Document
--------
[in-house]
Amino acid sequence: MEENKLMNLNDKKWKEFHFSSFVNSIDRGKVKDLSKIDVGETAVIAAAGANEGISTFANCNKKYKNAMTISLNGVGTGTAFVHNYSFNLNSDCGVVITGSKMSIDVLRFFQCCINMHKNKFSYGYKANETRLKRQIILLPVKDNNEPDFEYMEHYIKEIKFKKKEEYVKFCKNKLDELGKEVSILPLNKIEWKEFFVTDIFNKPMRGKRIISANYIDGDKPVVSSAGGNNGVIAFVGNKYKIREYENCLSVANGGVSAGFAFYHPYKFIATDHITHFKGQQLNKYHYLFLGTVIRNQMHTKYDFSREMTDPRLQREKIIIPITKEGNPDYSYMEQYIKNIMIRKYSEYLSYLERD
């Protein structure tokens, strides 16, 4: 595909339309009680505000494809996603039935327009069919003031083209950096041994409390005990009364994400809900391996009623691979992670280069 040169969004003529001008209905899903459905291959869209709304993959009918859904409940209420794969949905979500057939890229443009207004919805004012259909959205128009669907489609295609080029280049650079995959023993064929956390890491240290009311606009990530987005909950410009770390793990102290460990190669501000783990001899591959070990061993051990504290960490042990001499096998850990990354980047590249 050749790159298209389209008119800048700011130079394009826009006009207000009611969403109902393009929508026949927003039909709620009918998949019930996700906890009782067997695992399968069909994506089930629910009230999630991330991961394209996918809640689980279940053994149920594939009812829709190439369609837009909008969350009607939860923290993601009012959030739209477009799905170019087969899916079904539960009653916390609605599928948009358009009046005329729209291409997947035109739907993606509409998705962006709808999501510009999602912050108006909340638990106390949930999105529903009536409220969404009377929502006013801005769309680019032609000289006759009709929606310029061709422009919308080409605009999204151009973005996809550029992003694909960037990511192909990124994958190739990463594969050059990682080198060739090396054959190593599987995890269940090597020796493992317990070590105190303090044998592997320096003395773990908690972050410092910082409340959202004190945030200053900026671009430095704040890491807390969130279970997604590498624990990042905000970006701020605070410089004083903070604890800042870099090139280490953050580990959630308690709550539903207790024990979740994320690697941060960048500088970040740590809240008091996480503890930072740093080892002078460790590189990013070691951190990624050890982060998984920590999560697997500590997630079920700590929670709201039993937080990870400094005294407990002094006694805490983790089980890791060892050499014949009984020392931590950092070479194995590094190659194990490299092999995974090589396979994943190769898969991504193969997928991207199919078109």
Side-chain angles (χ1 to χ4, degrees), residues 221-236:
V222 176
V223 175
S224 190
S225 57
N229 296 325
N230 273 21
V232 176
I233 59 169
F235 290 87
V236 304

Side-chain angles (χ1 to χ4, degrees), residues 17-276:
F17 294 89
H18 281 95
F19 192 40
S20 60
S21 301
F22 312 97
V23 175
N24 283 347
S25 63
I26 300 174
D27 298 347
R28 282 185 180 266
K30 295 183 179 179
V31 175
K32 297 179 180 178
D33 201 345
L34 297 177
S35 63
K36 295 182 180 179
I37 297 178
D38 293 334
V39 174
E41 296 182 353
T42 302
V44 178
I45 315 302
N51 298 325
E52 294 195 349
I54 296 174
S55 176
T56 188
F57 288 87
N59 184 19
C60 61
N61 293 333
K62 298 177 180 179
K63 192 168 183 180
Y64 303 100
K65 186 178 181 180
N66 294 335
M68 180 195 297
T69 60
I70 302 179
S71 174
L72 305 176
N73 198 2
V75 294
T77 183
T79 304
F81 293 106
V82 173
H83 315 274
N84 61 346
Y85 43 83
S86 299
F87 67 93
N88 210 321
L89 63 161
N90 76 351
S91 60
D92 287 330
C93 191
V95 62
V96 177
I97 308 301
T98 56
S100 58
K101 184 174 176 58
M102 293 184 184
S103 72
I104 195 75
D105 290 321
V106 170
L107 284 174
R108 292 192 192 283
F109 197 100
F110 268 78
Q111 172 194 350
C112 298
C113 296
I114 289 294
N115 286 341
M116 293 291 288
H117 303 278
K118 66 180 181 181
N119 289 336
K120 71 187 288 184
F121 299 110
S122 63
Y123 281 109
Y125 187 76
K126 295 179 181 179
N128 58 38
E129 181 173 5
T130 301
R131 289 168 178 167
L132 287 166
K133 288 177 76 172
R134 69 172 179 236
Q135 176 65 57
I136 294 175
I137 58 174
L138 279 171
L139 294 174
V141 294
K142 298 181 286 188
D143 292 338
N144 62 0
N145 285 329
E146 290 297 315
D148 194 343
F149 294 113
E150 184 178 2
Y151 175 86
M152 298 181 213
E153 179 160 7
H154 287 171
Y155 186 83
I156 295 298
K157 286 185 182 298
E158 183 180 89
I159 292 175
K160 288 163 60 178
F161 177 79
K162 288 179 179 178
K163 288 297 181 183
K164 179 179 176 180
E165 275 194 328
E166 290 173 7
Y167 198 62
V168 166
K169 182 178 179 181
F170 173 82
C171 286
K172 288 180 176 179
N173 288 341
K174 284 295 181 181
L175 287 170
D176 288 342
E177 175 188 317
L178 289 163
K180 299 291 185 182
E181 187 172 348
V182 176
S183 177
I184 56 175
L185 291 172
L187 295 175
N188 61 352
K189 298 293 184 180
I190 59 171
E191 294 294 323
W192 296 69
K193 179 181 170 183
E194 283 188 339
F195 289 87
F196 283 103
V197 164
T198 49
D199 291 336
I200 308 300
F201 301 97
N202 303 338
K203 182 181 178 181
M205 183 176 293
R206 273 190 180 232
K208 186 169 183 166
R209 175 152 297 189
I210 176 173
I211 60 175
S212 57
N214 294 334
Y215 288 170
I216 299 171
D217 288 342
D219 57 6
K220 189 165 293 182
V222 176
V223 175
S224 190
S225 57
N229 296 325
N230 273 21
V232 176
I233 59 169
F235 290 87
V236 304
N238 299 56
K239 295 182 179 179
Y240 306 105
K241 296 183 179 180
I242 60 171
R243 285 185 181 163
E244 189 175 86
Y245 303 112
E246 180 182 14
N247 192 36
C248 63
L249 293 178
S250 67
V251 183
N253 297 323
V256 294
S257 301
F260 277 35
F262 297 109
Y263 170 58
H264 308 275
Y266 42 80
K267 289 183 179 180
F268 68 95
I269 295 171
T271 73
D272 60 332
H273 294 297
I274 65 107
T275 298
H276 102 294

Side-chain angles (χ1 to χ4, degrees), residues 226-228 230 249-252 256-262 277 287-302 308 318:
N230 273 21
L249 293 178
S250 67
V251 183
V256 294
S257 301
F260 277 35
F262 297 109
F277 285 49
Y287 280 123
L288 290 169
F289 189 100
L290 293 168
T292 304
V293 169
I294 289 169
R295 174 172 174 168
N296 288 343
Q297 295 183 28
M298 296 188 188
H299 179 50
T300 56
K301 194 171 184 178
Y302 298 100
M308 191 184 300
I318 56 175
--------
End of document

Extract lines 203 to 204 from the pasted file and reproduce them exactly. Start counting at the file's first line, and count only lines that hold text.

N238 299 56
K239 295 182 179 179